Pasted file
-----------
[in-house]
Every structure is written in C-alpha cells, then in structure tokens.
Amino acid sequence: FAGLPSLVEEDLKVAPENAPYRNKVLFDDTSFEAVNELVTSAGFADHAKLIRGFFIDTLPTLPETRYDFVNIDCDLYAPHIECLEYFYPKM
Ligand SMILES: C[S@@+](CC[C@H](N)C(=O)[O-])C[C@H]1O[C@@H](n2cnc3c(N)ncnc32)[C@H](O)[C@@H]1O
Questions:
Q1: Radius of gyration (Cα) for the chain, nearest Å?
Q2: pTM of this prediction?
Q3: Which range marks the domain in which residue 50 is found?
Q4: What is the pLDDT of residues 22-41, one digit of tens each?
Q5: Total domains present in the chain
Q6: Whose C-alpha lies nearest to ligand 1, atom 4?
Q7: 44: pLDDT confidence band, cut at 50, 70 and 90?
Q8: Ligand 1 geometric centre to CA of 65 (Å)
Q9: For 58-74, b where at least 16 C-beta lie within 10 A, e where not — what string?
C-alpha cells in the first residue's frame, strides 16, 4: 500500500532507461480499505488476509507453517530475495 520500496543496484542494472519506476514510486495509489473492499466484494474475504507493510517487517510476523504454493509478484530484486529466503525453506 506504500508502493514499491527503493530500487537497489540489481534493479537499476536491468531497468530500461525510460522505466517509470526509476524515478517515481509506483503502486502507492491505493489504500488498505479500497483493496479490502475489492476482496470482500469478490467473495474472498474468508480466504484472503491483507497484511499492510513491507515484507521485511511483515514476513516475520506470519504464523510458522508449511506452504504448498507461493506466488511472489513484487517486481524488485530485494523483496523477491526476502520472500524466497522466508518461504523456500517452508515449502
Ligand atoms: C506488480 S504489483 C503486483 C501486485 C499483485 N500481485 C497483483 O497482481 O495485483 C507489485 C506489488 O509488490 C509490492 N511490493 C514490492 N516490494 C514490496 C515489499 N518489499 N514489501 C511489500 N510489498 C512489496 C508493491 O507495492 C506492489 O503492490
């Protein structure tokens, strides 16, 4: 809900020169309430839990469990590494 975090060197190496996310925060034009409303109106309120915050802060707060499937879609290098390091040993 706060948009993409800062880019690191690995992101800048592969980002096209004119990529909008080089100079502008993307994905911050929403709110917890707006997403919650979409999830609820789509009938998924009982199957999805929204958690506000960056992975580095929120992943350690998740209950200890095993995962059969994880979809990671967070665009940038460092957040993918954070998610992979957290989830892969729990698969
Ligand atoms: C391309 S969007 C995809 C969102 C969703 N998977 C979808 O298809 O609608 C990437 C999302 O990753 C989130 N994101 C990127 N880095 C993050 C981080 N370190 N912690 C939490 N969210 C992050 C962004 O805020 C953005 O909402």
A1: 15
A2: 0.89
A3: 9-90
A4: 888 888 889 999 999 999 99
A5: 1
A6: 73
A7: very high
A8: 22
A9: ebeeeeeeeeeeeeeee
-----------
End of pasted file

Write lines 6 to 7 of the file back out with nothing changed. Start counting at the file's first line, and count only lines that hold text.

Q1: Radius of gyration (Cα) for the chain, nearest Å?
Q2: pTM of this prediction?